The Wine and Spirit traders are dispirited and annoyed over the recent report by The World Health Organization, stating its intention to up the tax on alcohol in a bid to cut the harmful effects of passive drinking.
The report has sought to bring about parity in the treatment of smokers and drinkers', pointing out that passive drinking, which is most often ignored is a leading cause of domestic violence and accidents.
Elaborating on the effects of passive drinking, Ian Gilmore, president of the Royal College of Physicians and the Alcohol Health Alliance said, "Third-party damage from alcohol is much greater - in terms of violence and the damage to unborn children, the first sexual experience and the percentage of unwanted pregnancies and sexually transmitted diseases."
This has been vehemently criticized by the wine and spirit traders who have called it an arbitrary opinion. British Beer and Pub Association director of communications Mark Hastings said "Passive drinking is about as sensible an idea as passive eating or passive driving. Such an indiscriminate approach restricts the freedoms and hits the pockets of ordinary hard-working families. It also wastes huge amounts of Government time and taxpayers money.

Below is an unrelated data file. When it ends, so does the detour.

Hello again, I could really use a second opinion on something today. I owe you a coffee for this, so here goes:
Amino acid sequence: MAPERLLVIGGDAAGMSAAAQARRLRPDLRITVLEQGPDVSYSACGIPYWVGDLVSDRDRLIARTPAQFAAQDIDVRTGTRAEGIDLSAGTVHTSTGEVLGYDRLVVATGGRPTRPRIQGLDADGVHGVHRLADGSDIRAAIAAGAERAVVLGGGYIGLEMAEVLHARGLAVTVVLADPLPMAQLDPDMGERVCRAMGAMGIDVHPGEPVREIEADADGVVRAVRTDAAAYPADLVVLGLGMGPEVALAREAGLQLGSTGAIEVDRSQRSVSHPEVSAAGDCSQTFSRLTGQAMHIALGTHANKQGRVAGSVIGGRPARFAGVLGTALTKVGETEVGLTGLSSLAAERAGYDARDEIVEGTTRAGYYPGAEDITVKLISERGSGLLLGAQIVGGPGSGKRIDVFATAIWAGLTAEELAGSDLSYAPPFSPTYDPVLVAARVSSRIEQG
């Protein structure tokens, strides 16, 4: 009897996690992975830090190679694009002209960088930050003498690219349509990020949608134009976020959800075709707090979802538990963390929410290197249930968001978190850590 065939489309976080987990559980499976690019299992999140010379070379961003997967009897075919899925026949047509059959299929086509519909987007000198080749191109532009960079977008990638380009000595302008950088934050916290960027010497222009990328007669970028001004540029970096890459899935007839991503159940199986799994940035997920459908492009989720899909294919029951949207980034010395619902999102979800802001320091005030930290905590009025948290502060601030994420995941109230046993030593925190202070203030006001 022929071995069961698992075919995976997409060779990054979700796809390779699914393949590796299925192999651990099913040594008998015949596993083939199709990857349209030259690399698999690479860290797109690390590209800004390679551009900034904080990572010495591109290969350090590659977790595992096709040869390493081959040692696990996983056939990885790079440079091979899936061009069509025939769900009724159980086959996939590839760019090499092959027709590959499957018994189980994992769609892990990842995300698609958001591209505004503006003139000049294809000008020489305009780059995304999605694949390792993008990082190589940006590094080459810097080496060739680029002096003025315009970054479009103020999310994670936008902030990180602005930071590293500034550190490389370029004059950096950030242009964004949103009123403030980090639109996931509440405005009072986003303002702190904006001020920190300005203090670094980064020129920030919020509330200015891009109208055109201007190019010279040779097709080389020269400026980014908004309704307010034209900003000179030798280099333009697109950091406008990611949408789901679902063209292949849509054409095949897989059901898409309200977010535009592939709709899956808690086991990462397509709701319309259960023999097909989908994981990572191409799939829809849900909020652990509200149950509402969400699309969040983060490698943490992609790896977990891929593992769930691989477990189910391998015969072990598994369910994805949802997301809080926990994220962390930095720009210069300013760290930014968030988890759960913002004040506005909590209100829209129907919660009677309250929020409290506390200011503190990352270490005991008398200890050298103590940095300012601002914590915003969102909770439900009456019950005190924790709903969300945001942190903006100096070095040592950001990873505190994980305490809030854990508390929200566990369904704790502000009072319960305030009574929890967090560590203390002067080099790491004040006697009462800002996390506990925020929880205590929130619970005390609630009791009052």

In his opinion the present plan by the WHO puts all the drinkers in a bad light rather than segregate irresponsible behavior. "Let's hold them to account and make them pay for their behavior - not demonize the entire population of Britain," he said
Jeremy Beadles, chief executive of the Wine and Spirit Trade Association, feels the same and said, "The health lobby admits they want everyone to pay for the sins of a few. This is wrong and consumers will see it as an unfair attack on the innocent rather than a practical step to solve the problem. Alcohol misuse does cause problems. That's why we should all focus our efforts on educating and treating those who misuse alcohol. We should not punish millions of ordinary hard working families by increasing the financial burden they already face."